‘Columbus’ celebrates architecture and relationships

“Columbus,” a quietly eloquent film, comes to the Martha’s Vineyard Film Center this weekend. Directed by Kogonada (a pseudonym for an unnamed Korean-American filmmaker) in his debut feature, this film won a Special Jury Prize at the Independent Film Festival of Boston.

The film’s Columbus is a small Indiana town, known as the “Athens on the Prairie” because of its modernist architecture. It is home for seven National Historic Landmarks, including four buildings by Eero Saarinen, and others by I.M. Pei and Robert Venturi, all world-famous modernist architects. It is also the birthplace of Vice President Mike Pence.

It is important to understand the emphasis on these buildings, because “Columbus” is seeped in the city’s architecture. Influenced by celebrated Japanese director Yasujiro Ozu, Kogonada employs the East Asian style of filmmaking with its emphasis on subtlety, setting, and a still camera. The director has created an album of exquisite stills that the viewer is invited to slowly absorb.

The narrative that accompanies image after image of modernist buildings relies on the central characters’ discussions of the city’s architecture. It includes Saarinen’s First Christian Church, the first Modernist religious building; and his Irwin Union Bank, the first financial edifice to use glass and an open floor plan. The Cummus Foundation, created by Columbus’s diesel engine manufacturer of the same name, funded this remarkable collection of buildings.

Underlying their discussions of the city’s architecture are the central characters’ personal issues. Casey, compellingly played by Haley Lu Richardson, is a recent high school graduate who works shelving books at the local library — a modernist building designed by Pei — and she has a passion for architecture. She meets Jin, played with equal effectiveness by Korean-American actor John Cho, over shared cigarettes. They strike up an unusually passionate platonic friendship based on the troubled relationship each has with a parent, as well as their passion for architecture.

Casey’s mother Maria (Michelle Forbes) is a recovering meth addict whom Casey feels she must stay with and support. A translator, Jin has come to Columbus from Korea to be with his father, a renowned architecture professor, who has collapsed and is in a coma. Following Korean tradition, Jin must remain in Columbus until his father recovers or dies. Jin resents being held captive by his neglectful father’s illness. As Eleanor, a colleague of Jin’s father, Parker Posey plays a role in both Casey’s and Jin’s lives.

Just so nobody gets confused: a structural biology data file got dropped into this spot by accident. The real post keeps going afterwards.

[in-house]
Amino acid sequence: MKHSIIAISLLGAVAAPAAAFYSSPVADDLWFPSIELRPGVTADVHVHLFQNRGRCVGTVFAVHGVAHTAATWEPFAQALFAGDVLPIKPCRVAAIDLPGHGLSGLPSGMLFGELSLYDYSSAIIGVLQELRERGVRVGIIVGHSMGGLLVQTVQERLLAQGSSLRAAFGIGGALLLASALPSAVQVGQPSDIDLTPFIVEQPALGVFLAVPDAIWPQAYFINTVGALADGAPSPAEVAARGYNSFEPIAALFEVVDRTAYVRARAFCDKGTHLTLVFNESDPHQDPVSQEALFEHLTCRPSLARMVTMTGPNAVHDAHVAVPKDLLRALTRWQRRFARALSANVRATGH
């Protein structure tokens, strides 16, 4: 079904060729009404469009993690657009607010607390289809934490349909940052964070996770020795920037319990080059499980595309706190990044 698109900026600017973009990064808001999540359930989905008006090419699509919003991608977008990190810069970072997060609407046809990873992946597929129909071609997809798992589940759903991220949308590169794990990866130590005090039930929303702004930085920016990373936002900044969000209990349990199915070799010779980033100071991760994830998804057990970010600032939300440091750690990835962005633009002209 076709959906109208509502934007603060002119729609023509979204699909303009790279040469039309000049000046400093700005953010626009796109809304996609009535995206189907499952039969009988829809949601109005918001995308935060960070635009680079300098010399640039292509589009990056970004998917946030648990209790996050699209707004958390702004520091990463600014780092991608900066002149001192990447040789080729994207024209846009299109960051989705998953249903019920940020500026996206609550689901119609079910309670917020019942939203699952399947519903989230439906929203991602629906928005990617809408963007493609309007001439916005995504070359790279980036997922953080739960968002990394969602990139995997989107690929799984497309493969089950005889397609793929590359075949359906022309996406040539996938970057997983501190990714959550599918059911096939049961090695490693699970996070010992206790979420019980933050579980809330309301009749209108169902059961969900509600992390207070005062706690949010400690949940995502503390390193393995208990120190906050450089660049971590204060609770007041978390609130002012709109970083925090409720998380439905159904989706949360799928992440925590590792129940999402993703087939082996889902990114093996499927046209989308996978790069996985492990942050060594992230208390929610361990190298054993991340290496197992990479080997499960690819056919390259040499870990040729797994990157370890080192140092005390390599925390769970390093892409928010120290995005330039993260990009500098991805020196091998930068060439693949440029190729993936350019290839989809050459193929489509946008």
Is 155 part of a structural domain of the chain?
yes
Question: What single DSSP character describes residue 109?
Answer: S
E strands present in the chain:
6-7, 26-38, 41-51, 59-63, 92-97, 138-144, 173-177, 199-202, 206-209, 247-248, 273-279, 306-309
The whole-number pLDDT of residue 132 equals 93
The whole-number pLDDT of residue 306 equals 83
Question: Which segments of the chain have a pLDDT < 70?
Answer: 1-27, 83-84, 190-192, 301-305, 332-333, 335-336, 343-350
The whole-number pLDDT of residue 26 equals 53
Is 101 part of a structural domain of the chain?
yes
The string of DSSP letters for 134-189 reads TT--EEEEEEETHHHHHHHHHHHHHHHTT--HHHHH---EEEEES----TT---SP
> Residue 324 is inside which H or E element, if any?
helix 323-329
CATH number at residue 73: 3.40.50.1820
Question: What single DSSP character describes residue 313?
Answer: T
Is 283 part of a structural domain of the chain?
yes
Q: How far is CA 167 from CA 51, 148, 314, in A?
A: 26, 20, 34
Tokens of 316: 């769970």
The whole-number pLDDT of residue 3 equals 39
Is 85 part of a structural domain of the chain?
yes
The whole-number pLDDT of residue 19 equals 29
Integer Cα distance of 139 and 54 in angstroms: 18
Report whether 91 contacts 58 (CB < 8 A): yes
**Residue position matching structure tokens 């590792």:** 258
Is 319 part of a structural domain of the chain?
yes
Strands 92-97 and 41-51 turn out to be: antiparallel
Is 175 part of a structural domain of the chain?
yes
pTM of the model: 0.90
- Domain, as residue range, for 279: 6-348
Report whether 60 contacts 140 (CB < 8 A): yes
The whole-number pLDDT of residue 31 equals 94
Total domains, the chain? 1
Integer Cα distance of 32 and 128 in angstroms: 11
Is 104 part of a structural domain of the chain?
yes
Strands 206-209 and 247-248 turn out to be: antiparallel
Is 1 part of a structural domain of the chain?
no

Although Jin resists her enthusiasm, Casey regales him with visits to her favorite buildings. Kogonada frames their conversations before beautiful, static backgrounds of the city’s wonders, including the striking Large Arch by Henry Moore. The viewer cannot help but see the connection between the buildings and the characters. Yet the director pares down the narrative to a minimum, sometimes leaving the viewer wondering what those connections are.

In addition to the city’s architecture, Kogonada creates perfectly composed interiors, including hallways with multiple doorways and mirrors that capture the characters’ faces. Backlit portraits of Casey and Jin enhance many scenes. The handsome buildings’ perfection is contrasted with the more imperfect characters. The viewer cannot help but notice, for instance, that Casey is often depicted with a blotchy face.

Filmgoers not used to the approach to filmmaking of many of the great East Asian directors may find “Columbus” a challenge. It is one well worth the effort.

For information and tickets to “Columbus” and other films at the Film Center and the Capawock Theater, see mvfilmsociety.com.

This story by Brooks Robards originally appeared at mvtimes.com.